(more images to be found at the bottom of this post)
The Telus World of Science has been one of Edmonton’s best youth-oriented attractions since it was opened in 1984. I remember going on a field trip in elementary school, when it was still called The Odyssium, and was floored by all of the incredibly fun science stuff. I was always into Science, sure (hence my personal background in biochemistry before I went full-time with photography), but the way I was captivated was a different experience than reading about theories in a book. Science was literally creating thunderstorms and trying to understand why that balloon full of oxygen and hydrogen made such an awesome explosion! Let’s look at that explosion again… for science!
The world is full of wonder with so many fascinating natural phenomenon that can be explored. That spark of wonder and curiosity fosters growth and intelligence in children and adults alike. Now, if anyone knows about captivating an audience with science it’s Alan Nursall. Who else do you know that has bungee jumped with a watermelon, beach ball, and volleyball in order to show how the gravitational constant works equally on items of different mass?
From Alan’s personal Youtube Channel
You can view segments of the Alan Nursall Experience, an on going series that he stars in that runs on the Discovery Channel, by following that link.
Avenue Magazine – Edmonton has an excellent article on Alan (who was just appointed The Telus World of Science CEO this January) in their June issue. The science centre has gone through quite a rejuvenation, especially since Alan signed on. Be sure to check out some of the adult nights TWoS hosts!
Cooper & O’Hara was asked to create the photos for the spread and table of contents for the story. The magazine can be found at newsstands and locations around the city, or the digital issue is also available here if you gotta see it this very second. Here are some of the images we shot before being put into layout:
The Nitty Gritty Photo Stuff
This photo, used in the spread at the top of the post, was taken in the planetarium at the Telus World of Science. It provided an amazing backdrop as we could play around and put up tons of interesting imagery such as a panorama of Mars, the Aurora Borealis, and, of course, the earth – at any angle and any time of day we wanted!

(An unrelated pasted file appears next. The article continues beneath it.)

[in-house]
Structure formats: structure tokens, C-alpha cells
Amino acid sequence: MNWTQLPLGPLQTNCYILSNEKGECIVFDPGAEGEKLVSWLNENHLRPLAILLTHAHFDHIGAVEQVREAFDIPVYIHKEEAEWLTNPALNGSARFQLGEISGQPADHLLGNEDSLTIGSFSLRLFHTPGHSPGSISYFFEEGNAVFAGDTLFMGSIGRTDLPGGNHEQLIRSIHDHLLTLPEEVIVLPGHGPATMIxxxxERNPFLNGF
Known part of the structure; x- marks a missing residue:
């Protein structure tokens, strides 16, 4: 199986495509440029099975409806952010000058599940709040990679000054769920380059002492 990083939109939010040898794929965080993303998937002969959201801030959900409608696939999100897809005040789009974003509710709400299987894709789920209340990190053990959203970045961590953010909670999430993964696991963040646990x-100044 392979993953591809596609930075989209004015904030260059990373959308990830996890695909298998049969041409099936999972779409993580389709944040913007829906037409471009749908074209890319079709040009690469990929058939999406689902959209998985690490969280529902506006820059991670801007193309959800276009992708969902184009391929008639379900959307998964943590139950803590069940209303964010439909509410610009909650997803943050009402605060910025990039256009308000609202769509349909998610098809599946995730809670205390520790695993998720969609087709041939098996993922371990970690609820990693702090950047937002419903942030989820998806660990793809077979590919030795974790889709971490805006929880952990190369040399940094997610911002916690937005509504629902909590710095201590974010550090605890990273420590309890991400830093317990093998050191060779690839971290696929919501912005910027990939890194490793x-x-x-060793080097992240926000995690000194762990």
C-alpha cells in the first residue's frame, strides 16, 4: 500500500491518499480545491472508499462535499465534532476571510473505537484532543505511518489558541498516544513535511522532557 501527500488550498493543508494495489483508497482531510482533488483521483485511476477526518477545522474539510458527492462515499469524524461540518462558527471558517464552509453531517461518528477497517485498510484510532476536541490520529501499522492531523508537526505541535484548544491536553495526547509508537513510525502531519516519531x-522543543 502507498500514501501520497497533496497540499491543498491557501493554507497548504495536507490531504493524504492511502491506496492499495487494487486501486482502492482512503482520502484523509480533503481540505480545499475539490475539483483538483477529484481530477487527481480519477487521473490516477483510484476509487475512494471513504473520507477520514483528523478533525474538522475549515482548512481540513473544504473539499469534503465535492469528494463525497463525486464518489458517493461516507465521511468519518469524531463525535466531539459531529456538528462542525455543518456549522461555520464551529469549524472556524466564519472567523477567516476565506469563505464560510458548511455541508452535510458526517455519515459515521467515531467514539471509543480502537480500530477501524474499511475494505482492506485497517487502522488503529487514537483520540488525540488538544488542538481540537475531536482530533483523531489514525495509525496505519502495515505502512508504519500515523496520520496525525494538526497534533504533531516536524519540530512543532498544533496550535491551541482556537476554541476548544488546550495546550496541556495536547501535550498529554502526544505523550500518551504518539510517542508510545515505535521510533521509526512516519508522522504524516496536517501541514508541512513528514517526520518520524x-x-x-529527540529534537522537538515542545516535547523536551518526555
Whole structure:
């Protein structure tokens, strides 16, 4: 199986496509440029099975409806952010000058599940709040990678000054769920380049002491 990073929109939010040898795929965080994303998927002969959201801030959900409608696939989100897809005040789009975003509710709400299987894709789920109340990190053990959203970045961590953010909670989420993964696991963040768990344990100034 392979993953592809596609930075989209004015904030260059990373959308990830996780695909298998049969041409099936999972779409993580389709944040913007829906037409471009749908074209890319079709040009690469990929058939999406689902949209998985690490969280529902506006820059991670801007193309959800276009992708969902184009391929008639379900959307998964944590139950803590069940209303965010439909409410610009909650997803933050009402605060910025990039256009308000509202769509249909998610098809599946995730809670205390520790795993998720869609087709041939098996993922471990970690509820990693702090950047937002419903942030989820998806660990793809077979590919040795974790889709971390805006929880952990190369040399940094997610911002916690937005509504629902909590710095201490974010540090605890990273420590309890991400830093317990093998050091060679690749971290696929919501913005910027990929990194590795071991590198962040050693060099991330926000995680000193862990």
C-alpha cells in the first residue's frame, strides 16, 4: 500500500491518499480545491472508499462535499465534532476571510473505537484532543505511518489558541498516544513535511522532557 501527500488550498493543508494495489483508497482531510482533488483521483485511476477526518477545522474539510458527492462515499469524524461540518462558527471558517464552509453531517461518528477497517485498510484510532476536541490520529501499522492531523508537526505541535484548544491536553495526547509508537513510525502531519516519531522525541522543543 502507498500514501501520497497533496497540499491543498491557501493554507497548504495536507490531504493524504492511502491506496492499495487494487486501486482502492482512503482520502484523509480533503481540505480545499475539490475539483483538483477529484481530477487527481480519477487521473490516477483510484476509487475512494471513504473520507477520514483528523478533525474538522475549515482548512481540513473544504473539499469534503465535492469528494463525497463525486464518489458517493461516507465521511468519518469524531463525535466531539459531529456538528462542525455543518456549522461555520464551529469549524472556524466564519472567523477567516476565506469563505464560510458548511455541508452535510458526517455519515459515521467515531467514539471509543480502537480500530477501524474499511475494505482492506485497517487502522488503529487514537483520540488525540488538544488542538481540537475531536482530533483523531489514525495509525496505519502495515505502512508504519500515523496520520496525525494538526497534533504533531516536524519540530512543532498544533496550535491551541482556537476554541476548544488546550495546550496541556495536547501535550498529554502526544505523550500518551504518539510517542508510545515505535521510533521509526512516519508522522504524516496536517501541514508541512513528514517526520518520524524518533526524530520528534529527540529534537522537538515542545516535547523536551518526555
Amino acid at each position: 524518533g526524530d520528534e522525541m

What with it being a giant projected screen, the relative brightness of the image that makes up the background was much harder for a camera to pick up than you might even think. We had to shoot on a tripod at as slow as 3 or more seconds per exposure! How is Alan not all blurred from motion? Well for one thing, Alan was a consummate gentleman, standing very still in place for us as we tweak the technical stuff and composition through multiple photo iterations. Secondly, what appears to mimic the stage lighting that was present in the planetarium is also/actually a professional lighting strobe with a gridded octabox on it.
We subscribe to the idea that the lighting of a portrait, when possible, should make sense for the situation and not distract from the mood of reality. Sometimes there are situations where you want to just make really, really cool light, but more often than not we try to work with what already exists and supplement it. In this case, the position of the octabox lighting Alan from camera right provided better illumination to shape his face and the strobe goes off in the fraction of a second, therefore it freezes Alan’s motion (save for a little bit of blur at the edges of his body which you can notice if you look closely).
For the shots meant for the Table of Contents we went for dramatic, eye-catching colour and a warm and welcome pose from Alan.
The Lighting Info:
This shot was also more difficult than it appears from a technical viewpoint. After finding our great backdrop in the science centre we discovered the wall’s surface was actually rather reflective. If you tried to light it evenly with direct light (like you would usually like a backdrop) ugly hotspots of reflection would show up. With reflective surfaces you have to delicately light the area around so that the reflection is evenly bright, and also doesn’t cause you to lose the true detail and colour in the surface – which was especially important here.
Here’s a diagram of how we did it:
to the right: An alternative that we made with the help of Vance Avery, science presenter at TWoS, who has a serious arsenal of gadgets and science at his disposal – including a heavy duty smoke machine and a super strong laser pointer. Thanks Vance!
We hope you enjoy the images and pick up a copy Avenue to get the full story and more. It’s a wonderful magazine.
Shoot us any questions or comments in the discussion section below!